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Can a Statement Made to an Alberta OHS Officer be used as Evidence in a Criminal Proceeding?

Submitted By Firm: McLennan Ross, LLP

Contact(s): Gerhard Seifner, Glenn D. Tait, Teresa R. Haykowsky

Author(s):

David G. Myrol

Date Published: 4/16/2012

Article Type: Legal Article

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For several years the following question has been asked: “Can a statement given
to OHS Officers investigating a workplace accident be used as evidence in a
criminal prosecution in Alberta?” In other words, can your own words, which are
compelled by provincial law on pain of jail for refusing, be used as evidence
against you in a criminal prosecution? The question has not been answered
definitively by Alberta courts but a recent case from Ontario suggests the answer
is “no”. The case is not binding on Alberta courts, and a different approach could
be taken in Alberta, but the reasoning from Ontario seems persuasive. The
analysis is not without complexity as one drills into the details, and with the state of law in Alberta
being uncertain, employers and in-house counsel would be well advised to take a few simple
precautions when employees are talking to OHS Officers regarding a serious workplace accident.

Section 19 of the Alberta Occupational Health and Safety Act (“OHS Act”) compels a person with
information relating to a workplace accident to provide that information to an OHS Officer when
requested to do so. If the person refuses to provide the information requested by the OHS Officer, or
the person knowingly gives a false statement or false information to the OHS Officer, then the
person can be charged and sentenced up to six months in jail if convicted. This requirement is
balanced by a “use immunity” clause in section 19 which provides that the statement is inadmissibleor any purpose in a trial or other proceeding. The wording of this “use immunity” clause is broad in scope. How then, in the face of this seemingly straightforward rule of evidence, can a statutorily compelled statement be used in evidence against its maker in a criminal proceeding?

The legal problem, like many in Canada, rests in our constitutional division of powers. Provinces
are not entitled to pass legislation on federal matters. The OHS Act is provincial legislation.
Criminal law is governed under federal legislation. Therefore, the rule of evidence in section 19 of
the OHS Act does not apply to a criminal proceeding. In simplistic terms, prosecutors could argue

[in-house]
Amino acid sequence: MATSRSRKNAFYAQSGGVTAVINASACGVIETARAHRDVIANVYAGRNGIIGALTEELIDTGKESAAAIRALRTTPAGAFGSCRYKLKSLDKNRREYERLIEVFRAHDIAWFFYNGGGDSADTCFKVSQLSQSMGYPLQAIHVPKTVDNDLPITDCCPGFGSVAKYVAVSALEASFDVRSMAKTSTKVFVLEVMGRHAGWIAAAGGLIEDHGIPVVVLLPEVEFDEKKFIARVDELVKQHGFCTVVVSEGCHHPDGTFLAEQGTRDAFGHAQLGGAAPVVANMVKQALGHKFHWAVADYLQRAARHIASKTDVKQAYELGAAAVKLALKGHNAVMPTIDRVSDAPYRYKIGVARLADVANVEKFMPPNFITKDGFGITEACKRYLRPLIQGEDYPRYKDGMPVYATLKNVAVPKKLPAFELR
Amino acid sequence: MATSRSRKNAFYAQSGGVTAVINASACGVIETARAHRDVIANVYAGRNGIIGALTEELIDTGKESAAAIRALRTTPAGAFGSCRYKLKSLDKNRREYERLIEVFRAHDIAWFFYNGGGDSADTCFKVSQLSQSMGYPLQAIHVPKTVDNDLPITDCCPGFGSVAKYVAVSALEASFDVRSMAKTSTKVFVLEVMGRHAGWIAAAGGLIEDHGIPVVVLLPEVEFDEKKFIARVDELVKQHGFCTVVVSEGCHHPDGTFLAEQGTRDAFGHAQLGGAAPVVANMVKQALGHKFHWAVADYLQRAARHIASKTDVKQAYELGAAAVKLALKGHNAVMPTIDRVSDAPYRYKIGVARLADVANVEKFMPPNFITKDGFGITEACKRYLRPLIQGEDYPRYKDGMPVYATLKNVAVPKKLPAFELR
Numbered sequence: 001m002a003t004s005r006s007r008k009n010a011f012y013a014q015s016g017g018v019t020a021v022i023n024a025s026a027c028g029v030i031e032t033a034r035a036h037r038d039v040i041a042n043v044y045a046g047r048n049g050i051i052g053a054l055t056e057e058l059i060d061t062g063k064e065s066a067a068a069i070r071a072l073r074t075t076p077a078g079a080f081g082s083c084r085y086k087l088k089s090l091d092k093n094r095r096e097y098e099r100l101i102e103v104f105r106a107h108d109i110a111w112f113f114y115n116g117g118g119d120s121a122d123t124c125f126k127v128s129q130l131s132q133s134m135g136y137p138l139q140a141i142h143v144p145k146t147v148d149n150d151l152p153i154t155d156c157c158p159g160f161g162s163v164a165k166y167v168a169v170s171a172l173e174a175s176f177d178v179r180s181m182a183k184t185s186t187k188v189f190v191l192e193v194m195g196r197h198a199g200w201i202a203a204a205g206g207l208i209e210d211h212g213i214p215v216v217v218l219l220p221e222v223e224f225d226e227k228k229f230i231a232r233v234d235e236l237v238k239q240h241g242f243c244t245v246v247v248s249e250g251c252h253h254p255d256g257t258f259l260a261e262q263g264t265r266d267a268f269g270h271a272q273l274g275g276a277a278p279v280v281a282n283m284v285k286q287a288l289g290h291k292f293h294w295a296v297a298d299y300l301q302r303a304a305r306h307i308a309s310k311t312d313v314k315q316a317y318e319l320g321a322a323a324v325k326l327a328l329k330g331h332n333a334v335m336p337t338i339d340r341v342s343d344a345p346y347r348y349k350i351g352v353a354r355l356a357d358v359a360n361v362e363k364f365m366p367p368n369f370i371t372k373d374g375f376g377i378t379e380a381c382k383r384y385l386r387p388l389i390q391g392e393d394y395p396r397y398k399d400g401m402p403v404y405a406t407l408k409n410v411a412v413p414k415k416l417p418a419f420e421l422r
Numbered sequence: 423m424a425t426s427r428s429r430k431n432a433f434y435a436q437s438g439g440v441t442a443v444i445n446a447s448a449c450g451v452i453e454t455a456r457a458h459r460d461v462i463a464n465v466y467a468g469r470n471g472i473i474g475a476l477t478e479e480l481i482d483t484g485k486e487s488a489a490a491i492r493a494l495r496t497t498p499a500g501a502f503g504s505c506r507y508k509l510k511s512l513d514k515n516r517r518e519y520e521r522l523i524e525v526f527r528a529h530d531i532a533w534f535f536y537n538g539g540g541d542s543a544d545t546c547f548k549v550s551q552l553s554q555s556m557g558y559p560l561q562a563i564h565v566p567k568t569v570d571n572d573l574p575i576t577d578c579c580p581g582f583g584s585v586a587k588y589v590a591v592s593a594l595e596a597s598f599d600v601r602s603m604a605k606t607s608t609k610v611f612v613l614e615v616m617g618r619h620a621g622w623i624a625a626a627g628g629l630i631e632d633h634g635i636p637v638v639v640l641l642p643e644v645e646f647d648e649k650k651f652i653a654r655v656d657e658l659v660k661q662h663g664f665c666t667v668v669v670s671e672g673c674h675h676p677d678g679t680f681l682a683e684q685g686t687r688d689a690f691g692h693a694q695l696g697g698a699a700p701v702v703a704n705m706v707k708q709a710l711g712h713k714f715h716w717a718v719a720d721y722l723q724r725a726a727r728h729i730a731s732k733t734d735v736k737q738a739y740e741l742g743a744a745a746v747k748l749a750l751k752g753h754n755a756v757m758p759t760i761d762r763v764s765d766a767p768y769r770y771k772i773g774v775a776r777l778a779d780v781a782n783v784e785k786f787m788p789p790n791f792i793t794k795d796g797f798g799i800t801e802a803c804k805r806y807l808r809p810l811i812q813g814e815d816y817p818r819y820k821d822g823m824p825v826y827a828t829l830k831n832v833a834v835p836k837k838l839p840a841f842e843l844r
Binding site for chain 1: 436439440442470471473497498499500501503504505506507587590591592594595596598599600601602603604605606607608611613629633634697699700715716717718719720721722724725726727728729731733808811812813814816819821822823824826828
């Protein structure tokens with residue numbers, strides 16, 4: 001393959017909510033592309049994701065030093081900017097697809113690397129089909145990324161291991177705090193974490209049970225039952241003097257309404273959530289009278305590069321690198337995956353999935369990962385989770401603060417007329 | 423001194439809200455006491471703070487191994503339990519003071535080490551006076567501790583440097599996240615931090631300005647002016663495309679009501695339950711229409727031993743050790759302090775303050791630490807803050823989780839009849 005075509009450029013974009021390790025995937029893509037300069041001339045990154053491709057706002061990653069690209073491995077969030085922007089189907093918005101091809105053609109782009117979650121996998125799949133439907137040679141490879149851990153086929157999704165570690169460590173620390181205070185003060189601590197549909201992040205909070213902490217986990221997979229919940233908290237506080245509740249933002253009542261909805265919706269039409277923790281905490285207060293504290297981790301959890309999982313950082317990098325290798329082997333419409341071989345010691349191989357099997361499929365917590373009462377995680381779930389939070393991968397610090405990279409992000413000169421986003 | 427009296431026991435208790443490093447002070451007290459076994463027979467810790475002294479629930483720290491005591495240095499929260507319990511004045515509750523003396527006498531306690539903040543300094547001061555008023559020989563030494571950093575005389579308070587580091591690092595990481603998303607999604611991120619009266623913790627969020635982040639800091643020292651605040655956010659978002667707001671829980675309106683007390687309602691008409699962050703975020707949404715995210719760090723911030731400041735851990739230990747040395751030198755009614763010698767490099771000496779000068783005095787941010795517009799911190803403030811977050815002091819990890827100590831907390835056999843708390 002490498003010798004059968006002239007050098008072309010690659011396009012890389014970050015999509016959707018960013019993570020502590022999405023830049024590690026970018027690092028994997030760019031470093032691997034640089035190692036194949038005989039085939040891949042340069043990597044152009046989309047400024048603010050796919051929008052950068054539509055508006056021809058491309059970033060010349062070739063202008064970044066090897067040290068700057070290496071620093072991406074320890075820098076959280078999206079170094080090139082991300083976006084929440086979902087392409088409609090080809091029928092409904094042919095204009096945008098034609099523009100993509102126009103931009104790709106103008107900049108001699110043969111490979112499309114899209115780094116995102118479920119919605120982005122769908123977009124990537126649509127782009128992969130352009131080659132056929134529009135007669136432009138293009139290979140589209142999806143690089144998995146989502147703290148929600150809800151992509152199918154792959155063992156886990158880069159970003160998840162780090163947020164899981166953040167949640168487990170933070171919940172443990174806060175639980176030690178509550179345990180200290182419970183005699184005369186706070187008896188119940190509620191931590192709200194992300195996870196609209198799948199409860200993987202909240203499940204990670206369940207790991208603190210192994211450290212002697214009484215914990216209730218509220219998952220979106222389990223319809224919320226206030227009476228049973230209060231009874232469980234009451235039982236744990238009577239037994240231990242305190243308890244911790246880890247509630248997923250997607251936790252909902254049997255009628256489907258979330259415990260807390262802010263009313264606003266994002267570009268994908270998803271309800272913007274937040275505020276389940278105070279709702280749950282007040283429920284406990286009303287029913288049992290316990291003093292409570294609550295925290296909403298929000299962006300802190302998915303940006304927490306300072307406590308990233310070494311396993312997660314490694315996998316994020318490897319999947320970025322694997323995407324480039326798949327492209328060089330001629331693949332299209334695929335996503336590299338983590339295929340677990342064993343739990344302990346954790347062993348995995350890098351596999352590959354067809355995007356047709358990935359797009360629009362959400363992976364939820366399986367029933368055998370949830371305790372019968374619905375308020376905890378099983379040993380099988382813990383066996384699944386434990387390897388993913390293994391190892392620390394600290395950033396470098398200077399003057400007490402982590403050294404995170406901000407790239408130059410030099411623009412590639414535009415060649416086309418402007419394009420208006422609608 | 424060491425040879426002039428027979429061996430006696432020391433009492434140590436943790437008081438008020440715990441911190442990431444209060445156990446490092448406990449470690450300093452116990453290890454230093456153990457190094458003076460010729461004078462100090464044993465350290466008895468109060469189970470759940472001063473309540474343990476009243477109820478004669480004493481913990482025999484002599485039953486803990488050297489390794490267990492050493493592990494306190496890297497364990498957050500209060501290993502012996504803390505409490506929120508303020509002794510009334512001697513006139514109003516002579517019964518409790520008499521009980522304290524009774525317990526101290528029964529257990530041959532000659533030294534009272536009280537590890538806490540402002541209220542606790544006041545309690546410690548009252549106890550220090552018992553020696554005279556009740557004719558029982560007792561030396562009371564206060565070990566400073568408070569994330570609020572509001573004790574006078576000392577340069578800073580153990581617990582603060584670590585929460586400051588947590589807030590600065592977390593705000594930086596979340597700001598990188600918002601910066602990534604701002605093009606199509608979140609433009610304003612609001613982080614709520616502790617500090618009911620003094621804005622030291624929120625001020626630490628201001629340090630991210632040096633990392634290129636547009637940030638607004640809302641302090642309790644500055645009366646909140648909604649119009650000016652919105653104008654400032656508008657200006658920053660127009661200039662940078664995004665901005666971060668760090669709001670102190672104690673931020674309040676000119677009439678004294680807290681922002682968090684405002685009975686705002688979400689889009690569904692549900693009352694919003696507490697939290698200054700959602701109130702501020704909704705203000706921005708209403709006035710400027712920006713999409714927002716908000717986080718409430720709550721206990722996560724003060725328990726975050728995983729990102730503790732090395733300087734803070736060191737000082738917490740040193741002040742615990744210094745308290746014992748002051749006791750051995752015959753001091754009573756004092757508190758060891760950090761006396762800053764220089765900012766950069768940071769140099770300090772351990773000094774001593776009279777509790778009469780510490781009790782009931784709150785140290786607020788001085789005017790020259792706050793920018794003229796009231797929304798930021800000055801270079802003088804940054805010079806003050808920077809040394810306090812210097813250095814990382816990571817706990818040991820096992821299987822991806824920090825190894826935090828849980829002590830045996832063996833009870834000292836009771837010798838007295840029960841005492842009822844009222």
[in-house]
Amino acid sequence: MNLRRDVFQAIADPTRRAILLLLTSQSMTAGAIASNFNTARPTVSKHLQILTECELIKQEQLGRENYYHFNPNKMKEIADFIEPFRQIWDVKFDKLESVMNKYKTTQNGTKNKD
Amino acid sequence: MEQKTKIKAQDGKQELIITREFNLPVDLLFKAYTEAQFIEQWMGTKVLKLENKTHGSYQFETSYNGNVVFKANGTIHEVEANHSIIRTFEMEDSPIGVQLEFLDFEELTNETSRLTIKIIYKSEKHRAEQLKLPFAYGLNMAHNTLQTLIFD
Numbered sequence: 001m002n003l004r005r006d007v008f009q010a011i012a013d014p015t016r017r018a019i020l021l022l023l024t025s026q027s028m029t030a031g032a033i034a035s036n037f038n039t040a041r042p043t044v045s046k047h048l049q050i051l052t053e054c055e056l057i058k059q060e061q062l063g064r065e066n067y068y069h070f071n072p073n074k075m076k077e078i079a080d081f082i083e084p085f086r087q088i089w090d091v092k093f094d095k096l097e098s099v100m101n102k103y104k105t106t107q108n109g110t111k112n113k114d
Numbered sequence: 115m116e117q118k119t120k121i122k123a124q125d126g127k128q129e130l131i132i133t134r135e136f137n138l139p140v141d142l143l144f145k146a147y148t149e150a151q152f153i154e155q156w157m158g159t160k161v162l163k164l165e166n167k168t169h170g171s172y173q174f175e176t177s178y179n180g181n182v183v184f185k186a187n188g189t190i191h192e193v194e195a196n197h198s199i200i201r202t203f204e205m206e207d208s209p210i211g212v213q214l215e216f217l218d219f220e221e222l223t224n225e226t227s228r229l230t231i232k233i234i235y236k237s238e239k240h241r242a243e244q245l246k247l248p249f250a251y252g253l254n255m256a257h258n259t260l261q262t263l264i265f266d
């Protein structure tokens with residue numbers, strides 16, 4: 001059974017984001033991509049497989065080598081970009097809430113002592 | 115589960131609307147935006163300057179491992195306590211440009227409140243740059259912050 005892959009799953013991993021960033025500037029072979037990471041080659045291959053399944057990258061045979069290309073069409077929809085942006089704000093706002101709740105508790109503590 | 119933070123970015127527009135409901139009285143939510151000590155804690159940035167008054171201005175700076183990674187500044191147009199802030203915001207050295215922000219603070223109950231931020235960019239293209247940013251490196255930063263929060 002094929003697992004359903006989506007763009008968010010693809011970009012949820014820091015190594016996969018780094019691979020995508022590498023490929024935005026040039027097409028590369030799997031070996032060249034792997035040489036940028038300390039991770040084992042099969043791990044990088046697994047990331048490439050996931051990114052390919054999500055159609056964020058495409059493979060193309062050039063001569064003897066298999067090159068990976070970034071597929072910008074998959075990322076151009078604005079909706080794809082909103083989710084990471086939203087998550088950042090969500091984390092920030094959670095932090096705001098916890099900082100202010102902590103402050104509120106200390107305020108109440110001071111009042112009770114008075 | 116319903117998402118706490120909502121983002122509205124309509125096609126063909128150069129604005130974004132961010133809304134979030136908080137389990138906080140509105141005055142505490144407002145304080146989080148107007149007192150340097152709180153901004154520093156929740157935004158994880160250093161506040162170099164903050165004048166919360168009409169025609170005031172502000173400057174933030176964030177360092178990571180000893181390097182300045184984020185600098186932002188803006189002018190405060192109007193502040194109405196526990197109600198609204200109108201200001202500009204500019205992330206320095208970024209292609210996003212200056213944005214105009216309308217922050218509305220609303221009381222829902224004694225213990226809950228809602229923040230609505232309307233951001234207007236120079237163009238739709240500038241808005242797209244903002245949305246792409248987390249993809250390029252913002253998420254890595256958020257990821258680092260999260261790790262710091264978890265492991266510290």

the provincial rule of evidence in section 19 does not apply to criminal cases. This argument has
been used by prosecutors in other circumstances, in other jurisdictions.

For example, the Ontario Court of Appeal recently dealt with this issue in an analogous situation. In
R. v. Soules (2011), 273 C.C.C. (3d) 496 (Ont. C.A.), the main issue was whether a statement
compelled under the Highway Traffic Act (i.e. provincial legislation) was admissible in a trial under
section 253(b) of the Criminal Code for exceeding the legal blood alcohol limit (i.e. federal legislation). In that case prosecutors attempted to introduce the defendant’s compelled statement to
police officers which was given under the Highway Traffic Act. The compelled statement gave the
officer a suspicion that the defendant had alcohol in his body. This was important because once the
officer formed the suspicion that the defendant was operating a motor vehicle with alcohol in his
body, the officer was entitled to demand a roadside screening sample. The defendant failed the
roadside screening device which entitled the officer to escalate things by demanding breath samplesfrom an approved instrument. Accordingly, the compelled statement under the Highway Traffic Act became pivotal to the success of the prosecution. Without the statement, there was no suspicion; without the suspicion, there was no ability to demand a roadside sample; and without the roadside sample, there was no ability to demand breath samples from an approved instrument. Thus, without the evidence of the compelled statement, there would be no conviction.

In Soules, the defendant’s vehicle rear-ended another vehicle that was turning right into a driveway.
The roads were wet at the time of the accident. The defendant’s vehicle was also rear-ended by
another vehicle. The police investigated the accident and spoke with each driver. In speaking with
the defendant, he identified himself as the driver of his vehicle. The police officer, based on his
observations in speaking with the defendant, formed a suspicion that the defendant had alcohol in
his system. The police officer demanded a roadside screening sample. The defendant failed the